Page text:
In 1817 The Earl of Pomfret donated a handsome organ to the church which he had bought at a sale at Fonthill Abbey, Wiltshire. Sadly it was damaged by fire in 1976 and at present is in the Victoria and Albert museum awaiting sufficient funds to allow it's restoration.
In 1836-37 the chancel, which had been an open space, was seated with west facing high box pews. This increased the seating capacity of the church to 1176 people, with 678 seats free [i.e.no charge made].
1872 witnessed a further restoration. The church floor was paved with encaustic tiles. The new chancel arch inserted and the high box pews removed and replaced by open oak benches arranged stallwise. [In the late 19th c. churches were changing the focus from the pulpit to the altar]. In 1883 excavations for underfloor heating ducts led to the discovery of two pavements under the south aisle of the church. This Roman herringbone flooring can still be viewed from the outside boiler house staircase, to the east of the south porch.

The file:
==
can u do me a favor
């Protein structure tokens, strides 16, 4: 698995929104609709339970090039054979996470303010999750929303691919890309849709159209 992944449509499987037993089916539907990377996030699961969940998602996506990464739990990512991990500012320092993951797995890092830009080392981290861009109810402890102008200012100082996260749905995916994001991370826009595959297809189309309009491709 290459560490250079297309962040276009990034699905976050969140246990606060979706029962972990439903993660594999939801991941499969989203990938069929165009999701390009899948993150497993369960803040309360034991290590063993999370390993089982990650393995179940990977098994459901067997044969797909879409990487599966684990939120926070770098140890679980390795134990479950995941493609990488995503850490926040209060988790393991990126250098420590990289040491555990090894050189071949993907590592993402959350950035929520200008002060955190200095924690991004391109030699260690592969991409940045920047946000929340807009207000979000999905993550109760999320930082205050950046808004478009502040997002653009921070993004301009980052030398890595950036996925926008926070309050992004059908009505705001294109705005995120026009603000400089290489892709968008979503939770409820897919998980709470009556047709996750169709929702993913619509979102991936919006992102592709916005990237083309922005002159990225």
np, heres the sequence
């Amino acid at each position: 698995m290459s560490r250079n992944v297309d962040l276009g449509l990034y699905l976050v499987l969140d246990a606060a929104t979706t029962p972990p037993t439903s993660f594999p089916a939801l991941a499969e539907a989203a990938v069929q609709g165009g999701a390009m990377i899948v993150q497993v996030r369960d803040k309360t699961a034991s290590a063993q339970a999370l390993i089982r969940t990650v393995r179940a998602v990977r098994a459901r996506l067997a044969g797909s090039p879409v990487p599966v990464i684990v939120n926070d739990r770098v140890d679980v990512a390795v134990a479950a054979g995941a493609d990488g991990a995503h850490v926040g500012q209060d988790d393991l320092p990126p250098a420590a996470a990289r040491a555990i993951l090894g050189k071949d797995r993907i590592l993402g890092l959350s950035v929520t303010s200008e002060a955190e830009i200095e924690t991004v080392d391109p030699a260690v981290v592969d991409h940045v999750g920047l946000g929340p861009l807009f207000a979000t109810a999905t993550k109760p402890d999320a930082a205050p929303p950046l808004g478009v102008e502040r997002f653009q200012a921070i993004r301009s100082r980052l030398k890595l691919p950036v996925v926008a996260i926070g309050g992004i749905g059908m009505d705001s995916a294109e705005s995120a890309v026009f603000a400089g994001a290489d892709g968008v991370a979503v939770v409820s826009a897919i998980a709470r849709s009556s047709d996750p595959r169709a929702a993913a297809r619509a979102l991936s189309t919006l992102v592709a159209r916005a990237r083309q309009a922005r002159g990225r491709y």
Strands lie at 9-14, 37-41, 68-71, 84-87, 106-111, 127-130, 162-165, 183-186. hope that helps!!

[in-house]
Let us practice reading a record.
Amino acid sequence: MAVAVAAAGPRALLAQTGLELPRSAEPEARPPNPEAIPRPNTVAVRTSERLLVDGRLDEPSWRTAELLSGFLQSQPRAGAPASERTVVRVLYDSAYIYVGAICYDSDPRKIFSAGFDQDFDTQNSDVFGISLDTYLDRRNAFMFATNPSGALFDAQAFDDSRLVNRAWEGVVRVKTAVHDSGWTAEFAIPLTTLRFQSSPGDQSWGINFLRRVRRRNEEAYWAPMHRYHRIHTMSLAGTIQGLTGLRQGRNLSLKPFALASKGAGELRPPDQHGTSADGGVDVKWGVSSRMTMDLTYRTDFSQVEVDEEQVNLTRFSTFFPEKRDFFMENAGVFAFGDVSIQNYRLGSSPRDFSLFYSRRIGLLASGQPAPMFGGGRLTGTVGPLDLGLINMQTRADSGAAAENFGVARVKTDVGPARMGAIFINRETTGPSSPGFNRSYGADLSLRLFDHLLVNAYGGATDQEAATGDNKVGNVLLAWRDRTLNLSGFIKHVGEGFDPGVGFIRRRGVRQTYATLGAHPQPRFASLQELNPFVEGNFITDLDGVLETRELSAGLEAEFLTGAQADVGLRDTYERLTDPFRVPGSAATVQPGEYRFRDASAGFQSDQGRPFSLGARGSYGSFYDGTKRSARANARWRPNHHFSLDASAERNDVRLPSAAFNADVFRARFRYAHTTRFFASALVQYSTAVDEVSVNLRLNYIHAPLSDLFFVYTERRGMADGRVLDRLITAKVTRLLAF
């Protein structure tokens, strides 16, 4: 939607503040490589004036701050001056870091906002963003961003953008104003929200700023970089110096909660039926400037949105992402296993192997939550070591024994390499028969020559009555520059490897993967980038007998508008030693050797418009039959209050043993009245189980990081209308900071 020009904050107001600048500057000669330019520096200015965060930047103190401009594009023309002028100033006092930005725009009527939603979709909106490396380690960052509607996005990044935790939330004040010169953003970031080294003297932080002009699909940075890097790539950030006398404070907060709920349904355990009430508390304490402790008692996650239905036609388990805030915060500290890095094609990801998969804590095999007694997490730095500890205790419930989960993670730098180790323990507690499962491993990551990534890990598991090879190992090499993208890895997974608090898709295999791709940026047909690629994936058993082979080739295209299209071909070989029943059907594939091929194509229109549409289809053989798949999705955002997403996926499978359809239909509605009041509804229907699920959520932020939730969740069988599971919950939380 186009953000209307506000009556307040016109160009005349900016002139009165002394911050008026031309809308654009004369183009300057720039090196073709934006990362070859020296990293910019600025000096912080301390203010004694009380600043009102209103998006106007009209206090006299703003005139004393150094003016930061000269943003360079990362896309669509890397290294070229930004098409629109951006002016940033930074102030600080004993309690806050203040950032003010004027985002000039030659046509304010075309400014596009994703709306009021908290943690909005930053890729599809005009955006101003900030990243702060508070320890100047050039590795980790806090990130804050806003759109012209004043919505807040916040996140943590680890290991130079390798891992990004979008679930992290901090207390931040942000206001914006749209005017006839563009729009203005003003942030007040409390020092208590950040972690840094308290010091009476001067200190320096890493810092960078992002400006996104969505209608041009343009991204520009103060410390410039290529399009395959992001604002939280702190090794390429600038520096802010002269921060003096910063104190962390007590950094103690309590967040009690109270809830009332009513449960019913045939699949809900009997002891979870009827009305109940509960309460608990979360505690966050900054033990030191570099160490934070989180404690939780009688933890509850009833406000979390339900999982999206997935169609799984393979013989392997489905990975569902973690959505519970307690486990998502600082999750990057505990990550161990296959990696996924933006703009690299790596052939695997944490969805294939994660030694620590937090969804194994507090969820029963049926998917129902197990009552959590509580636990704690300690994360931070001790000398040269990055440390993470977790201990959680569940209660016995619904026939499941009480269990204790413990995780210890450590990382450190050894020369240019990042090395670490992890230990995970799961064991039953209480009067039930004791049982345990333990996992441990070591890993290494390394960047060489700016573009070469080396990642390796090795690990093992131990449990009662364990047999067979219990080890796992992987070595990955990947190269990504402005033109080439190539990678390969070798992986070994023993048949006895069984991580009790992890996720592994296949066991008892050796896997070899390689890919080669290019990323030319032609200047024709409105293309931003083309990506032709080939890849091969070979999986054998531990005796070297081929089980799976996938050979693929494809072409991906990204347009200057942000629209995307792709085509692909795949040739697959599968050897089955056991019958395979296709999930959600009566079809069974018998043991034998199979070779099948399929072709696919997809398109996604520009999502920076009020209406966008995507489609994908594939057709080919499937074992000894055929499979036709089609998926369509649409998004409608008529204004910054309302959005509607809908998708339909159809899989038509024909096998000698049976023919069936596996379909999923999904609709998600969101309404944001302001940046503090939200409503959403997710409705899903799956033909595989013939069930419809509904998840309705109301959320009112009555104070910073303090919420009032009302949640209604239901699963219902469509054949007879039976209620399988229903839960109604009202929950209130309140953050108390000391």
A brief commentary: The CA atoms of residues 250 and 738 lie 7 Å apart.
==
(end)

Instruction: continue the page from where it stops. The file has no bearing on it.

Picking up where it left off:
The richly decorated east window of the chancel, which had been donated in 1836 by Mrs. Sabin and John Lovell, was replaced in 1898 by a window to commemorate the diamond jubilee of Queen Victoria.
The pews still retain their original brass umbrella stands.